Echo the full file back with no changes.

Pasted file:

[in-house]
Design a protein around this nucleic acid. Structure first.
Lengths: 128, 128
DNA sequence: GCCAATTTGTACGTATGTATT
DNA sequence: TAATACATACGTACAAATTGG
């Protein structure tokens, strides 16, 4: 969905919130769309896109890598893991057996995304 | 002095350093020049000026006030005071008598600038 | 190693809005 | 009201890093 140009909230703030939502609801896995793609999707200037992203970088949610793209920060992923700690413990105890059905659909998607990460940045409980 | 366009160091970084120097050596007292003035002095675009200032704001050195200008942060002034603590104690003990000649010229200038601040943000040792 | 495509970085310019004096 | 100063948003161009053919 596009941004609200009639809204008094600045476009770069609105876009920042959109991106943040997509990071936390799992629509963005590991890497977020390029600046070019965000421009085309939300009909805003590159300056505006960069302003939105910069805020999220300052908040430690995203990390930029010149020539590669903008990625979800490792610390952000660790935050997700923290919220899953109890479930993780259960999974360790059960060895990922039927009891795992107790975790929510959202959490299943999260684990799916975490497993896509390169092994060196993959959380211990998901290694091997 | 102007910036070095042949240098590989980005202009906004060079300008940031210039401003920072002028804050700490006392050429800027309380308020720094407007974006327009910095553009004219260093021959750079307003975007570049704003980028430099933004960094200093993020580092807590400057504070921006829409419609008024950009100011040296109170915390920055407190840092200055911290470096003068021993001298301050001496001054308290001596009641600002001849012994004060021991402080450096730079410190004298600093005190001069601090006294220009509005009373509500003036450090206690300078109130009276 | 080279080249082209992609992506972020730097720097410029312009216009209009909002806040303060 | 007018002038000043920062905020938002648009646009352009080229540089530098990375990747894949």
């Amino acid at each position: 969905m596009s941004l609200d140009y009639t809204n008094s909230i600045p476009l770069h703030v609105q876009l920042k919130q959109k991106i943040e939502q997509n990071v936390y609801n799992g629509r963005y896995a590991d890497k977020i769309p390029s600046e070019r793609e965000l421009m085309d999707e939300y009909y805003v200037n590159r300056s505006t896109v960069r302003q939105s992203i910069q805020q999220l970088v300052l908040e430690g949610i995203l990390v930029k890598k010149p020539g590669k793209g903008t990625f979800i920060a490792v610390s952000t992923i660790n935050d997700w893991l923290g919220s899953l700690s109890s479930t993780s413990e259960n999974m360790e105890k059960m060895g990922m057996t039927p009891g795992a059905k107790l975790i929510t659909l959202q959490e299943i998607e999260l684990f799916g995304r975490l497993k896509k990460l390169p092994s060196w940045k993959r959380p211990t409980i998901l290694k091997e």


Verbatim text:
[in-house]
Design a protein around this nucleic acid. Structure first.
Lengths: 128, 128
DNA sequence: GCCAATTTGTACGTATGTATT
DNA sequence: TAATACATACGTACAAATTGG
């Protein structure tokens, strides 16, 4: 969905919130769309896109890598893991057996995304 | 002095350093020049000026006030005071008598600038 | 190693809005 | 009201890093 140009909230703030939502609801896995793609999707200037992203970088949610793209920060992923700690413990105890059905659909998607990460940045409980 | 366009160091970084120097050596007292003035002095675009200032704001050195200008942060002034603590104690003990000649010229200038601040943000040792 | 495509970085310019004096 | 100063948003161009053919 596009941004609200009639809204008094600045476009770069609105876009920042959109991106943040997509990071936390799992629509963005590991890497977020390029600046070019965000421009085309939300009909805003590159300056505006960069302003939105910069805020999220300052908040430690995203990390930029010149020539590669903008990625979800490792610390952000660790935050997700923290919220899953109890479930993780259960999974360790059960060895990922039927009891795992107790975790929510959202959490299943999260684990799916975490497993896509390169092994060196993959959380211990998901290694091997 | 102007910036070095042949240098590989980005202009906004060079300008940031210039401003920072002028804050700490006392050429800027309380308020720094407007974006327009910095553009004219260093021959750079307003975007570049704003980028430099933004960094200093993020580092807590400057504070921006829409419609008024950009100011040296109170915390920055407190840092200055911290470096003068021993001298301050001496001054308290001596009641600002001849012994004060021991402080450096730079410190004298600093005190001069601090006294220009509005009373509500003036450090206690300078109130009276 | 080279080249082209992609992506972020730097720097410029312009216009209009909002806040303060 | 007018002038000043920062905020938002648009646009352009080229540089530098990375990747894949």
């Amino acid at each position: 969905m596009s941004l609200d140009y009639t809204n008094s909230i600045p476009l770069h703030v609105q876009l920042k919130q959109k991106i943040e939502q997509n990071v936390y609801n799992g629509r963005y896995a590991d890497k977020i769309p390029s600046e070019r793609e965000l421009m085309d999707e939300y009909y805003v200037n590159r300056s505006t896109v960069r302003q939105s992203i910069q805020q999220l970088v300052l908040e430690g949610i995203l990390v930029k890598k010149p020539g590669k793209g903008t990625f979800i920060a490792v610390s952000t992923i660790n935050d997700w893991l923290g919220s899953l700690s109890s479930t993780s413990e259960n999974m360790e105890k059960m060895g990922m057996t039927p009891g795992a059905k107790l975790i929510t659909l959202q959490e299943i998607e999260l684990f799916g995304r975490l497993k896509k990460l390169p092994s060196w940045k993959r959380p211990t409980i998901l290694k091997e």